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The Bad Are The Good In The Egg
This is not only the case with a robber or a murderer, but al...

The Four Alternatives And The Five Categories
There are, according to Zen, the four classes of religious an...

Three Important Elements Of Zen
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Enlightenment Implies An Insight Into The Nature Of Self
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Zen And Nirvana
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Zen And Idealism
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Where Then Does The Error Lie?
Where, then, does the error lie in the four possible proposit...

The Honest Poverty Of The Zen Monk And The Samurai
Secondly, the so-called honest poverty is a characteristic of...

The Beatitude Of Zen
We are far from denying, as already shown in the foregoing ch...

There Is No Mortal Who Is Purely Moral
By nature man should be either good or bad; or he should be g...

The Method Of Instruction Adopted By Zen Masters
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Decline Of Zen
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Nature Is The Mother Of All Things
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The Theory Of Buddha-nature Adequately Explains The Ethical States Of Man
This theory of Buddha-nature enables us to get an insight int...

Zazen And The Forgetting Of Self
Zazen is a most effectual means of destroying selfishness, th...

The Courage And The Composure Of Mind Of The Zen Monk And Of The Samurai
Fourthly, our Samurai encountered death, as is well known, wi...




Bodhidharma And The Emperor Wu








No sooner had Bodhidharma landed at Kwang Cheu in Southern China than
he was invited by the Emperor[FN#24] Wu, who was an enthusiastic
Buddhist and good scholar, to proceed to his capital of Chin Liang.
When he was received in audience, His Majesty asked him: We have
built temples, copied holy scriptures, ordered monks and nuns to be
converted. Is there any merit, Reverend Sir, in our conduct? The
royal host, in all probability, expected a smooth, flattering answer
from the lips of his new guest, extolling his virtues, and promising
him heavenly rewards, but the Blue-eyed Brahmin bluntly answered: No
merit at all.
This unexpected reply must have put the Emperor to shame and doubt in
no small degree, who was informed simply of the doctrines of the
orthodox Buddhist sects. 'Why not,' he might have thought within
himself, 'why all this is futile? By what authority does he declare
all this meritless? What holy text can be quoted to justify his
assertion? What is his view in reference to the different doctrines
taught by Shakya Muni? What does he hold as the first principle of
Buddhism?' Thus thinking, he inquired: What is the holy truth, or
the first principle? The answer was no less astonishing: That
principle transcends all. There is nothing holy.


[FN#24] The Emperor Wu (Bu-Tei) of the Liang dynasty, whose reign
was A.D. 502-549.]


The crowned creature was completely at a loss to see what the teacher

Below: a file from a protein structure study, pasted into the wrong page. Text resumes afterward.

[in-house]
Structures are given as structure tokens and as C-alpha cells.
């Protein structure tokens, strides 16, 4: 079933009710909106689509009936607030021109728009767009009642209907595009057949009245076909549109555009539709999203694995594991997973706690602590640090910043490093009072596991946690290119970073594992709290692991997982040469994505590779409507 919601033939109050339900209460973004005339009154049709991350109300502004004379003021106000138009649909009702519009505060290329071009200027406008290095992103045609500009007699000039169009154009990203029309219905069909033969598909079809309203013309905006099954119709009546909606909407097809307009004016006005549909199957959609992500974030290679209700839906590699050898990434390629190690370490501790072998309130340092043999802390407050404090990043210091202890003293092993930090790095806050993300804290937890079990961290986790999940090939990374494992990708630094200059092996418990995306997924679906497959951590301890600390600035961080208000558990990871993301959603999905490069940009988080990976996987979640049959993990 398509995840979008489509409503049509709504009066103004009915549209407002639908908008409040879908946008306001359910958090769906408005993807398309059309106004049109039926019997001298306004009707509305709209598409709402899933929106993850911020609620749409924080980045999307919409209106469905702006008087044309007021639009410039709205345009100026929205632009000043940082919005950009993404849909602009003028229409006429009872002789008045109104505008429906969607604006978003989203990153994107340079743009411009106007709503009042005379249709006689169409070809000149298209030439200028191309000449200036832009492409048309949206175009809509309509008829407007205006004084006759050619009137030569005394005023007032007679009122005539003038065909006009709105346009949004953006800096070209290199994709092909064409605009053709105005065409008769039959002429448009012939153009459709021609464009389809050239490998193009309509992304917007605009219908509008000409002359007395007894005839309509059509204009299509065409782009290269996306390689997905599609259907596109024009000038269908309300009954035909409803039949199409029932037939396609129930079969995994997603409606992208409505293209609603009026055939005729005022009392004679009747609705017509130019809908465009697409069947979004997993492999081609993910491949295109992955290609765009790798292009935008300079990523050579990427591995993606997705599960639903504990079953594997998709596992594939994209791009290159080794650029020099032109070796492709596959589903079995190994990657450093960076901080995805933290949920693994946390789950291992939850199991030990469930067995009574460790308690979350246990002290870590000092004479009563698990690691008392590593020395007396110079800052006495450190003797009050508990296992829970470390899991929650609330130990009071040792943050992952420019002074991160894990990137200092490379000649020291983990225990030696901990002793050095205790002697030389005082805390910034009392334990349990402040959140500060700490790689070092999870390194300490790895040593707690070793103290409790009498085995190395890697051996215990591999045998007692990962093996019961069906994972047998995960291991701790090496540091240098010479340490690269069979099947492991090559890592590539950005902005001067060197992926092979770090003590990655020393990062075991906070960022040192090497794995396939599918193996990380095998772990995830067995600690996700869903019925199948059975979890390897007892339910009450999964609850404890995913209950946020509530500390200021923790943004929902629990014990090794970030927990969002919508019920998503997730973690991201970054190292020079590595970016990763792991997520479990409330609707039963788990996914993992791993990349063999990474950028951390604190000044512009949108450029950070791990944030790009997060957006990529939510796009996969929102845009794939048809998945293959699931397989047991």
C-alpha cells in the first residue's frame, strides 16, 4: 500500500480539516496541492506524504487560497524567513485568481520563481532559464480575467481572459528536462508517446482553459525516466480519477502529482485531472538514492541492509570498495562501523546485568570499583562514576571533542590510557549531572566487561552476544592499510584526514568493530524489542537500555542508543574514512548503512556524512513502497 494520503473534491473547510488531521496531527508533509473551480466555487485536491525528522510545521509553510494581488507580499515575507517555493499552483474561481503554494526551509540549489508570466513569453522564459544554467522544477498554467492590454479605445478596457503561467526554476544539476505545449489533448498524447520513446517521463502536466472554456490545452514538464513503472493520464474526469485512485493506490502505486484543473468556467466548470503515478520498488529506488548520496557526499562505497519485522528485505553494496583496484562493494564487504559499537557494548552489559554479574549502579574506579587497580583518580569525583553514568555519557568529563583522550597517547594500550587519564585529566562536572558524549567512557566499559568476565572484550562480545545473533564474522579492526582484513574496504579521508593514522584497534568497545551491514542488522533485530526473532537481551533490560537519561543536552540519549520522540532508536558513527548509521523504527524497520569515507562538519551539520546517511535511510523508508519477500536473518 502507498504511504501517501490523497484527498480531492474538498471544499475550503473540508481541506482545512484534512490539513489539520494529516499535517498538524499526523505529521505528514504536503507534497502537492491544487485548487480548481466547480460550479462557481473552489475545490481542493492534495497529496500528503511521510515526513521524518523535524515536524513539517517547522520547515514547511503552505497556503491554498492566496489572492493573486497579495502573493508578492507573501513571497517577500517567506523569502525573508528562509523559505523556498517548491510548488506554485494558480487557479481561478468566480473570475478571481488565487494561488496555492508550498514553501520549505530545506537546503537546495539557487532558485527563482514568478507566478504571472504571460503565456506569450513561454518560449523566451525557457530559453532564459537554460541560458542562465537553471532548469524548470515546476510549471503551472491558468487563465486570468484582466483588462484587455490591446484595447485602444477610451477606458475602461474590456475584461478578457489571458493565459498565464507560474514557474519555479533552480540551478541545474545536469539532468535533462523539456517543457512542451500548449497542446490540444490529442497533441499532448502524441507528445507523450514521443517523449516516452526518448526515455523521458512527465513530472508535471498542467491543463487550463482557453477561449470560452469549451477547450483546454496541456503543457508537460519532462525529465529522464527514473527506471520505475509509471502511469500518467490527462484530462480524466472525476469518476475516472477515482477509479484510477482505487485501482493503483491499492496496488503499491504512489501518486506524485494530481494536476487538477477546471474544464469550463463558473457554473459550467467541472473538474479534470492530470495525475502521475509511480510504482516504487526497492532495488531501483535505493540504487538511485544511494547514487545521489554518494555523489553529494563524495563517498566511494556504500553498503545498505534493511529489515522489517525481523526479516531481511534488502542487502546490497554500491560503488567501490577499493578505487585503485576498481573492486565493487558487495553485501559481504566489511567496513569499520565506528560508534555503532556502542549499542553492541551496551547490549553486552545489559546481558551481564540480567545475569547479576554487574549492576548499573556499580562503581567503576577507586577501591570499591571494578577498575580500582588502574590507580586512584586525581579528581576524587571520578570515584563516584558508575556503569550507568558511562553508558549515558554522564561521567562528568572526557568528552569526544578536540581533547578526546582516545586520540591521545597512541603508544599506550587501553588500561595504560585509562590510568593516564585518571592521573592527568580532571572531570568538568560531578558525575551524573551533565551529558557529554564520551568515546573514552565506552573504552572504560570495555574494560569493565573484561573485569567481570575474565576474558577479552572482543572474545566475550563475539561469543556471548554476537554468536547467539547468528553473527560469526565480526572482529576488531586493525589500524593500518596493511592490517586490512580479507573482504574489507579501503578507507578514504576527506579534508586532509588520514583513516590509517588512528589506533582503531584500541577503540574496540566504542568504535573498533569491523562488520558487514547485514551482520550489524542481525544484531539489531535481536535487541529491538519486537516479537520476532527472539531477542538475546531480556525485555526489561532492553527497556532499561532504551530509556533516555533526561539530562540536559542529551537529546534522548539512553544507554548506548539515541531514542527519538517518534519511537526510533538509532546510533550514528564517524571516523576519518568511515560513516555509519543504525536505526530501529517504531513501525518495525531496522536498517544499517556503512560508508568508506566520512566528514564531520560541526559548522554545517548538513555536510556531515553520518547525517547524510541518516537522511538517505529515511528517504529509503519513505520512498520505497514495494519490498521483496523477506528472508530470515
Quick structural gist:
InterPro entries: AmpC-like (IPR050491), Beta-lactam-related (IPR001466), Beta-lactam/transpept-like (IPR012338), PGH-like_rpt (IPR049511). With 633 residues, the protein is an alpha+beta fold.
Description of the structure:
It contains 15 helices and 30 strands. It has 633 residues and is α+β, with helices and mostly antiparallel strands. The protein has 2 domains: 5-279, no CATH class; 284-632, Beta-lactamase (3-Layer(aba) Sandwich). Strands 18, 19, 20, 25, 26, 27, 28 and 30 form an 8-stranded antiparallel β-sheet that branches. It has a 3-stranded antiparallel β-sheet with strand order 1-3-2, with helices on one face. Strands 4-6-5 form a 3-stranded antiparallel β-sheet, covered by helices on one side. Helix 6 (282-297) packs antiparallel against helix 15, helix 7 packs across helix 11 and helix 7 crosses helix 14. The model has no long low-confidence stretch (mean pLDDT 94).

meant. Perhaps he might have thought: 'Why is nothing holy? Are
there not holy men, Holy Truths, Holy Paths stated in the scriptures?
Is he himself not one of the holy men?' Then who is that confronts
us? asked the monarch again. I know not, your majesty, was the
laconic reply of Bodhidharma, who now saw that his new faith was
beyond the understanding of the Emperor.

The elephant can hardly keep company with rabbits. The petty
orthodoxy can by no means keep pace with the elephantine stride of
Zen. No wonder that Bodhidharma left not only the palace of the
Emperor Wu, but also the State of Liang, and went to the State of
Northern Wei.[FN#25] There he spent nine years in the Shao
Lin[FN#26] Monastery, mostly sitting silent in meditation with his
face to the wall, and earned for himself the appellation of 'the
wall-gazing Brahmin.' This name itself suggests that the
significance of his mission was not appreciated by his
contemporaries. But neither he was nor they were to blame, because
the lion's importance is appreciated only by the lion. A great
personage is no less great because of his unpopularity among his
fellow men, just as the great Pang[FN#27] is no less great because of
his unpopularity among the winged creatures. Bodhidharma was not
popular to the degree that he was envied by his contemporary
Buddhists, who, as we are told by his biographers, attempted to
poison him three times,[FN#28] but without success.


[FN#25] Northern Gi dynasty (A.D. 386-534).

[FN#26] Sho-rin-ji, erected by the Emperor Hiao Ming of Northern Wei
A.D. 497.

[FN#27] Chwang-tsz in his famous parable compares a great sage with
the Pang, an imaginary bird of enormous size, with its wings of
ninety thousand miles. The bird is laughed at by wrens and sparrows
because of its excessive size.

[FN#28] This reminds us of Nan Yoh Hwui Sz (Nan-gaku-e-shi, died
A.D. 577), who is said to have learned Zen under Bodhidharma. He says
in his statement of a vow that he was poisoned three times by those
who envied him.






Next: Bodhidharma And His Successor The Second Patriarch

Previous: Introduction Of Zen Into China By Bodhidharma



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